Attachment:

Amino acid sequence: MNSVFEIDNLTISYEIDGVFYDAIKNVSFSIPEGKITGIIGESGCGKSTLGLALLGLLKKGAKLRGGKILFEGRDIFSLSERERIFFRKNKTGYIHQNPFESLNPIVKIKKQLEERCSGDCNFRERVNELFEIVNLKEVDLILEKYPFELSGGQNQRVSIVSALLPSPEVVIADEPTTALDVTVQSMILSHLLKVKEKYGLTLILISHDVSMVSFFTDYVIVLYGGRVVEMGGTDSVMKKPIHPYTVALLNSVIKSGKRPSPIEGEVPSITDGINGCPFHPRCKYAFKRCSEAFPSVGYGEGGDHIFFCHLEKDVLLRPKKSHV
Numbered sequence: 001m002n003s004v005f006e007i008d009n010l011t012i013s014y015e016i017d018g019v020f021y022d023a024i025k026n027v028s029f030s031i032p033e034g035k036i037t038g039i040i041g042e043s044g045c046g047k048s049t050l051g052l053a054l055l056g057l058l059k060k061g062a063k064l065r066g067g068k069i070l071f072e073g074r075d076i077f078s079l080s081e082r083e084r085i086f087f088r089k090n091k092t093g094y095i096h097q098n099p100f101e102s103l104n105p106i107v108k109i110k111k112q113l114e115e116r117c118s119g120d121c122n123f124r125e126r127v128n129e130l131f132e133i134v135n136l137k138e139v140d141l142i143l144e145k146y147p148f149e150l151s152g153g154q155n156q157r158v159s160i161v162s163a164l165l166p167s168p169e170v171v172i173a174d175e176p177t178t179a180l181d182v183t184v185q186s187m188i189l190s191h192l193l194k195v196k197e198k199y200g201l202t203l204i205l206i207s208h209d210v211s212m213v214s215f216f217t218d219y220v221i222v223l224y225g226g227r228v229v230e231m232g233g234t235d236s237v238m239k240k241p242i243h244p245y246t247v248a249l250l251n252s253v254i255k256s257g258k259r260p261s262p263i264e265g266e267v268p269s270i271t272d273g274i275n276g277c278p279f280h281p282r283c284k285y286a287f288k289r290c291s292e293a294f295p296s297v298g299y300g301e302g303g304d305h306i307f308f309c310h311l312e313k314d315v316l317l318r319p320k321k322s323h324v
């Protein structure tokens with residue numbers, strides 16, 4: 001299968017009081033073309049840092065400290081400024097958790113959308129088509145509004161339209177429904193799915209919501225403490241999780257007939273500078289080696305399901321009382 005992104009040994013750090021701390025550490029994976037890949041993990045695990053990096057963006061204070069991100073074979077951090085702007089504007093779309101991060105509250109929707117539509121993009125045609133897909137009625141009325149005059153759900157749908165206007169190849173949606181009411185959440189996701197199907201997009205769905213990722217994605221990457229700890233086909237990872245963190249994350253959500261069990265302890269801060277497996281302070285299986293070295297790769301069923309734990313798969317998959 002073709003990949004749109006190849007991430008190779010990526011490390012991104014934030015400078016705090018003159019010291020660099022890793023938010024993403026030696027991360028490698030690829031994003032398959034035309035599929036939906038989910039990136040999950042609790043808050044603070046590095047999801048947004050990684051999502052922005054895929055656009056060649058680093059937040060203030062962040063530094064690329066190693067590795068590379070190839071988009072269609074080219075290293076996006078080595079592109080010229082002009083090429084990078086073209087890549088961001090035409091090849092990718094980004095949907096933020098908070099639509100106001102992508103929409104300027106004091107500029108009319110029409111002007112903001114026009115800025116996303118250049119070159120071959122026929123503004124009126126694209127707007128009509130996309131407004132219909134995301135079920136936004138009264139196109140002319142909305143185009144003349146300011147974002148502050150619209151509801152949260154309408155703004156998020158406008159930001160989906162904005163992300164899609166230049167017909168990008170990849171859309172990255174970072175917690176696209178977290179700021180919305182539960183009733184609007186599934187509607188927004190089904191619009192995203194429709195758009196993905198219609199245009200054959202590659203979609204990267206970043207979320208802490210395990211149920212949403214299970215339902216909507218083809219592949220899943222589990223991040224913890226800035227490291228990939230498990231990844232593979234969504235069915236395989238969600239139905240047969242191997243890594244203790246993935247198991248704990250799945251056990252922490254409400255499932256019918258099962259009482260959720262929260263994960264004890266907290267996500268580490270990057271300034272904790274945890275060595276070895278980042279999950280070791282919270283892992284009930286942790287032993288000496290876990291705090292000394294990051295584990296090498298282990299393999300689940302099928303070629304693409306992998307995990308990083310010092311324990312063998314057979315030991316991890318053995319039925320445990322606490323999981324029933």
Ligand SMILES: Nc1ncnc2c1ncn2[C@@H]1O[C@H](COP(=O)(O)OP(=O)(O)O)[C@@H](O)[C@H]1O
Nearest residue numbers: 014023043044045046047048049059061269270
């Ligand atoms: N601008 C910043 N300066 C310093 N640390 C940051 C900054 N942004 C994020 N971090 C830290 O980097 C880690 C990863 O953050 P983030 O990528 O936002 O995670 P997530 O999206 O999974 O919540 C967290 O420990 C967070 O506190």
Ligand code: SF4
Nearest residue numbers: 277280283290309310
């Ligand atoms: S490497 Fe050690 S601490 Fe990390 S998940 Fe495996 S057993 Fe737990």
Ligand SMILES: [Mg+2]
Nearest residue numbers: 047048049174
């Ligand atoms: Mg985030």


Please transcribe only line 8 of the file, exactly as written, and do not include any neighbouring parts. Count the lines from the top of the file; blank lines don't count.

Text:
Nearest residue numbers: 277280283290309310